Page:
Monday, April 11, 2016

Giving speeches

Radio commentary

Many young people dread giving speeches. Yet students will need to make presentations and will be called upon to speak up in class and answer questions.

One tool that parents can use to help ease their children’s fear and self-consciousness is to get them interested in reading great speeches.

Words can be inspirational. If young people can envision important figures giving a speech, they may be inspired to do the same. Being an effective communicator comes from practice and having good information.

You can provide feedback to your children to help them improve their skills.

First, make sure that children know that almost everyone is uncomfortable at one time or another when having to get up in front of people.  Knowing this can help reduce their stress.

Many famous speeches have sparked an interest in poetry and public speaking: Among them are The Gettysburg Address, JFK’s inaugural address, The Declaration of Independence, and speeches by Winston Churchill, Dr. Martin Luther King, Jr. and Ronald Reagan.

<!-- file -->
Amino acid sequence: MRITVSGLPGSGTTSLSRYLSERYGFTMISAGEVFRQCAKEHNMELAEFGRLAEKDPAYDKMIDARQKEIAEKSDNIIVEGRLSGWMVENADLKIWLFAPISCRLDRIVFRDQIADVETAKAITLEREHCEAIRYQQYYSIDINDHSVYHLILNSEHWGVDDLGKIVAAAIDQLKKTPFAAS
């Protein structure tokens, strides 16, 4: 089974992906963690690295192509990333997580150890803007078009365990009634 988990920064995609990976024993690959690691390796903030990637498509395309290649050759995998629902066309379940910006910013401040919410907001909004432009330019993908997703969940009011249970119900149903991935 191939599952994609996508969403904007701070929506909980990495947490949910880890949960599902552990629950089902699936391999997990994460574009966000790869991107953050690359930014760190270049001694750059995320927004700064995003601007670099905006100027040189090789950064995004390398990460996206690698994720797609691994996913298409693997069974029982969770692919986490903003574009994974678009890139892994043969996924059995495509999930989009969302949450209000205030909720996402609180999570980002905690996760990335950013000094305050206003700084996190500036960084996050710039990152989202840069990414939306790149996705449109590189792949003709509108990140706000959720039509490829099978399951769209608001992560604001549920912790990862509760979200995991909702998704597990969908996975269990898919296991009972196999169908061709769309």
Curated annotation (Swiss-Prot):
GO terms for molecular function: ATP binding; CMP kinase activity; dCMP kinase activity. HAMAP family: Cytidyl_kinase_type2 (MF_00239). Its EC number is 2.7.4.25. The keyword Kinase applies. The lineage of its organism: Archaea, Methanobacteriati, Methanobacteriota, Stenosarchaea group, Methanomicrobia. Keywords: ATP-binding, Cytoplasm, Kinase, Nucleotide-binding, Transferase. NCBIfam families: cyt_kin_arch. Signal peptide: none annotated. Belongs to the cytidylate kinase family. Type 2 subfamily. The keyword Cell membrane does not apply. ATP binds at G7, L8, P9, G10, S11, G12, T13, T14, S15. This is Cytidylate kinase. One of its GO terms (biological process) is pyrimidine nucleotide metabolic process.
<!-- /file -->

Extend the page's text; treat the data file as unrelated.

Whatever your political views or personal tastes, share your favorite speeches and sayings. Have your children read them aloud, so they can become more comfortable speaking in front of others.

The next time they have to give a five-minute speech on someone they admire for their English class, it will be much easier and more fun because they’ve been practicing. And they’ll have many more ideas.

The self-confidence that can come from speaking up and sharing information with others is invaluable.